Bibliography Citation
Loprest, Pamela J. "Gender Differences in Wage Growth and Job Mobility." AEA Papers and Proceedings 82,2 (May 1992): 526-532.
3. Loprest, Pamela J.
Acs, Gregory P.
Profile of Disability Among Families on AFDC
Policy Brief (August 1996). Washington, DC: The Urban Institute.
Cohort(s): Children of the NLSY79, NLSY79
Publisher: Urban Institute
Keyword(s): Aid for Families with Dependent Children (AFDC); Child Health; Disability; Disabled Workers; Health Factors; National Health Interview Survey (NHIS); Survey of Income and Program Participation (SIPP); Welfare

The authors assess the extent to which women and families currently receiving AFDC have a limited ability to work due to their own disabilities or those of their children. The resulting disability profile of AFDC recipients raises questions about whether the 20 percent exemption allowed for states is high enough to accommodate the number of recipients who are hard to place in jobs. The researchers employed a functional definition of disability to construct their profile. Under this definition, the interaction among impairments (such as blindness), chronic health conditions (such as arthritis), and social expectations about work is reviewed to determine its effect on the ability of an individual to perform expected work-related tasks - or, in the case of children, age-appropriate functions, such as attending school.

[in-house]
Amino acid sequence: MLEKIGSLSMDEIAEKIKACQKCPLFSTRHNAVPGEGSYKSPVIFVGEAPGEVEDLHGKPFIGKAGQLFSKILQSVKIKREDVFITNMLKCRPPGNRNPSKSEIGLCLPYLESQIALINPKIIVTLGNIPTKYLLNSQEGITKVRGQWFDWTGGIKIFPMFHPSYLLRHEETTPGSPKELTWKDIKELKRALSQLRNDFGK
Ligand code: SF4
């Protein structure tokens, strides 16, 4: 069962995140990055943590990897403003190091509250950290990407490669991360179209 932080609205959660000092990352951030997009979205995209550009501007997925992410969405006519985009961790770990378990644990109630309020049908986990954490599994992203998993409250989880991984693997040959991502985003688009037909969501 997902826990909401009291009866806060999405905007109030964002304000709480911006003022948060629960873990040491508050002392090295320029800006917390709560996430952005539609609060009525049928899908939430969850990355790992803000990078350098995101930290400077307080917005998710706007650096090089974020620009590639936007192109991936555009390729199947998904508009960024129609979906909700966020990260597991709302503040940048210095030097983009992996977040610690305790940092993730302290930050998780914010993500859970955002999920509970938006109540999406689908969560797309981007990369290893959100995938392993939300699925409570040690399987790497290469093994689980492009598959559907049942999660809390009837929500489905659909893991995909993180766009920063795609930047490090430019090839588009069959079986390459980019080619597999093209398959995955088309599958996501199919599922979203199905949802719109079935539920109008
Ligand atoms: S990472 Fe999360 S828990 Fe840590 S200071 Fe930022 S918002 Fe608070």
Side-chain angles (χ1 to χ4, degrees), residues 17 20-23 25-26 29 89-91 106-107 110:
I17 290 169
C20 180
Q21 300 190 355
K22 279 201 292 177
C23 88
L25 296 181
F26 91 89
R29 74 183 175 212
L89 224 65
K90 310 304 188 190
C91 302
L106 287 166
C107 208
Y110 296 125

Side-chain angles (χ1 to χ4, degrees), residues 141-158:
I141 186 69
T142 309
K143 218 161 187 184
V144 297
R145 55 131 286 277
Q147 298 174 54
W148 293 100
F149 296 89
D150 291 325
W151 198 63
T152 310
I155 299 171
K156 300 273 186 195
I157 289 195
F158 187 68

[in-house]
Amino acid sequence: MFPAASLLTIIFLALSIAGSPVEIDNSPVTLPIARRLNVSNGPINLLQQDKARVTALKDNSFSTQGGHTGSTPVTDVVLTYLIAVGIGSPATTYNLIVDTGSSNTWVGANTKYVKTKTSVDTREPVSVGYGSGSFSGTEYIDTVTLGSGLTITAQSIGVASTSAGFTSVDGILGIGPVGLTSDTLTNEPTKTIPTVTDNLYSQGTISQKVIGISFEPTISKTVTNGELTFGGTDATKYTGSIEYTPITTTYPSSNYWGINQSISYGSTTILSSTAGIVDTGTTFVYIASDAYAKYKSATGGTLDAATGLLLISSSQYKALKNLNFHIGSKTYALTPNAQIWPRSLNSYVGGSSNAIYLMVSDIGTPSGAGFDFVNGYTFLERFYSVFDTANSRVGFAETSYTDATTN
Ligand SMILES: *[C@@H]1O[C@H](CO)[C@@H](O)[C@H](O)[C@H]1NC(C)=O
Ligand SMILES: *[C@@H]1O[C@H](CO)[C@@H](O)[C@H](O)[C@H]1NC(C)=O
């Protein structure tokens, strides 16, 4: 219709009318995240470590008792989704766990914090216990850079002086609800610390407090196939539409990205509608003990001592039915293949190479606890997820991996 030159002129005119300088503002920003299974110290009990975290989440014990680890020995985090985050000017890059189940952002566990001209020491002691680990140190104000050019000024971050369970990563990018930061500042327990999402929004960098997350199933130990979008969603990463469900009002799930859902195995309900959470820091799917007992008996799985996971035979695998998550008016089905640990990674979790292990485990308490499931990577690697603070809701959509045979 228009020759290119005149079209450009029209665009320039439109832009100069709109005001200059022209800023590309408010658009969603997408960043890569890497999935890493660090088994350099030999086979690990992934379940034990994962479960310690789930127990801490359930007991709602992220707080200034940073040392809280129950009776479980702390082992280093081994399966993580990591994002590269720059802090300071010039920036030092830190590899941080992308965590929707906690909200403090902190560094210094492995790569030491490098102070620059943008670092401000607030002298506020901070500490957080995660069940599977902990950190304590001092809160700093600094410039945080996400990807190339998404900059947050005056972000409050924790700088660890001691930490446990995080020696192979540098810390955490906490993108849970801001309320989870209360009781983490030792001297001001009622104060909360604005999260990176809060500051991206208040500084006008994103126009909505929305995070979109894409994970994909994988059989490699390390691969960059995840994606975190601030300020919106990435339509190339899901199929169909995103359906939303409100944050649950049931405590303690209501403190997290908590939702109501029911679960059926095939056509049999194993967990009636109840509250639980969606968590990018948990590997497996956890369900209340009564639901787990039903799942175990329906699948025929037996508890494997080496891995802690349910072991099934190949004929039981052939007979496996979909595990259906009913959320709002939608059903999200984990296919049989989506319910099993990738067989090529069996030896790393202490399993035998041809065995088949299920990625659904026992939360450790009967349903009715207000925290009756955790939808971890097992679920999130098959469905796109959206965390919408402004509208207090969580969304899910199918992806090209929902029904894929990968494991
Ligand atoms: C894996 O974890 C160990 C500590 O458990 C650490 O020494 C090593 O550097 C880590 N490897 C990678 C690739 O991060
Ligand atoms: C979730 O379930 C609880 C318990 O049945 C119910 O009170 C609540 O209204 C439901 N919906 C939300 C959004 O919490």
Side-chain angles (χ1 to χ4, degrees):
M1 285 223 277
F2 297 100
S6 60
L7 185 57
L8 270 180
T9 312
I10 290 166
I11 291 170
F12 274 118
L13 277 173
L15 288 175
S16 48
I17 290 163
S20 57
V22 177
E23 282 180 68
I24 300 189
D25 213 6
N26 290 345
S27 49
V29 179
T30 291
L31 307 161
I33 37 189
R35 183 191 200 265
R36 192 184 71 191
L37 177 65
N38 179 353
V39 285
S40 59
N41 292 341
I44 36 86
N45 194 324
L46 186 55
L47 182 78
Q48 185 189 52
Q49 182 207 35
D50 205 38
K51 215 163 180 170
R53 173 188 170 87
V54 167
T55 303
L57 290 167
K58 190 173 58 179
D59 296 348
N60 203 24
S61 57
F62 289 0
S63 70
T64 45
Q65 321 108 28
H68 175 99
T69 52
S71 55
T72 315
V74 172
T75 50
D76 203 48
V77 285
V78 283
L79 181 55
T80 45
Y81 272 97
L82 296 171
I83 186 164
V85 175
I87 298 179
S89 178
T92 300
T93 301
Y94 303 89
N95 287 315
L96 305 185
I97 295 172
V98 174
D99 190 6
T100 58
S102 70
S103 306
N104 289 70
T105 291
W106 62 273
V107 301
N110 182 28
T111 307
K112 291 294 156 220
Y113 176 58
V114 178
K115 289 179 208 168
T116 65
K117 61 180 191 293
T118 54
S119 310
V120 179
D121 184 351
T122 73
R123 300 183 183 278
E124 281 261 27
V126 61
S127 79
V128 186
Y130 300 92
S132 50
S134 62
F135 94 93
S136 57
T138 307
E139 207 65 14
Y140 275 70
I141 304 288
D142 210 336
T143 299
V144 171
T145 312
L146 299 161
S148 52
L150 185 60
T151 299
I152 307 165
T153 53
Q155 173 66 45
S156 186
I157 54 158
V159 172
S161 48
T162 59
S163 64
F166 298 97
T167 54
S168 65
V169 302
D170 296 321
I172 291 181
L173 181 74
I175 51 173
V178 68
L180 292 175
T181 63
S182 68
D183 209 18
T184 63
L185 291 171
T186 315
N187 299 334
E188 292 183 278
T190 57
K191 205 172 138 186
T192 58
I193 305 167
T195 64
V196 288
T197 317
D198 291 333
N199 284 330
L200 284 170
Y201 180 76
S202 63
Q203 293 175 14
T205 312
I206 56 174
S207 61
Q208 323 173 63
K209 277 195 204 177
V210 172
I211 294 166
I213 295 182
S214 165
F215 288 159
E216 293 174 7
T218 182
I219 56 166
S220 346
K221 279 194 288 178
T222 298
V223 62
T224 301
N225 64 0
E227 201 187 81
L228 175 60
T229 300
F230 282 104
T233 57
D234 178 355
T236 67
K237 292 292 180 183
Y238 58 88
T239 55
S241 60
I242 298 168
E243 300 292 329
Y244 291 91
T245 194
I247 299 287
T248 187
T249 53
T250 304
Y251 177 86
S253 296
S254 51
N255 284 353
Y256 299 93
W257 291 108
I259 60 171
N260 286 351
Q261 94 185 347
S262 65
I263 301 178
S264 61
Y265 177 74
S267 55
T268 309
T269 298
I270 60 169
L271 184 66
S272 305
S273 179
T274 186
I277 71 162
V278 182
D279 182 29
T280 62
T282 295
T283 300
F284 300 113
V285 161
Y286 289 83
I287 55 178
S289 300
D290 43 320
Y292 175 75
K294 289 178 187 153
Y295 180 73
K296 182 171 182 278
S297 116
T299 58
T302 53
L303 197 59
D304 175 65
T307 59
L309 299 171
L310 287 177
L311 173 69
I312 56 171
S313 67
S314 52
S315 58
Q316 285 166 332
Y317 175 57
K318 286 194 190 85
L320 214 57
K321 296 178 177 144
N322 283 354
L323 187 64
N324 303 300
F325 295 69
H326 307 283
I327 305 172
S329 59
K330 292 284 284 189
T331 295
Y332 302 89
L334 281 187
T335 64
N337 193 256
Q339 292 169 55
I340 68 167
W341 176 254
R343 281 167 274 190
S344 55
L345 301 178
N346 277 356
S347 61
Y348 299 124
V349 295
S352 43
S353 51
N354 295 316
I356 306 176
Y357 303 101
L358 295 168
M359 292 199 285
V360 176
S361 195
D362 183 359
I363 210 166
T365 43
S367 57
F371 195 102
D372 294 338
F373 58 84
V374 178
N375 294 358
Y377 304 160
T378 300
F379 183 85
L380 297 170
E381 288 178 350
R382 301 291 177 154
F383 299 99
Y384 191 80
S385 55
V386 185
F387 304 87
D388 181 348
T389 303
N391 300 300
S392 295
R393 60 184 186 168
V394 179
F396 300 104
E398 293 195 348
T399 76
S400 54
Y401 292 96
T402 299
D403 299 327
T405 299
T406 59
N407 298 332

To create as complete a profile as possible, the researchers drew data from three sources: the 1990 Survey of Income and Program Participation (SIPP), the 1990 National Health Interview Survey (NHIS), and 1992 data from the National Longitudinal Survey of Youth (NLSY). Their analysis reveals that between 27.4 and 29.5 percent of families receiving AFDC have either a mother or child with some level of functional limitation. Despite the differences in sample size and wording of survey questions among the three data sources used, this range is relatively narrow. In addition, since the data do not fully capture limitations due to mental or emotional disorders or substance abuse, these findings probably understate the true level of disability among the AFDC population.

National studies such as the Survey of Income and Program Participation (SIPP), the National Health Interview Survey (NHIS), and the National Longitudinal Survey of Youth (NLSY) use a variety of terms, including impairment, condition, limitations, and disability, all of which are defined slightly differently. Using data from the SIPP, the NHIS, and the NLSY, Loprest and Acs (1996) found that almost 16% of the families in their sample had a child with some type of functional limitation.

Bibliography Citation
Loprest, Pamela J. and Gregory P. Acs. "Profile of Disability Among Families on AFDC." Policy Brief (August 1996). Washington, DC: The Urban Institute.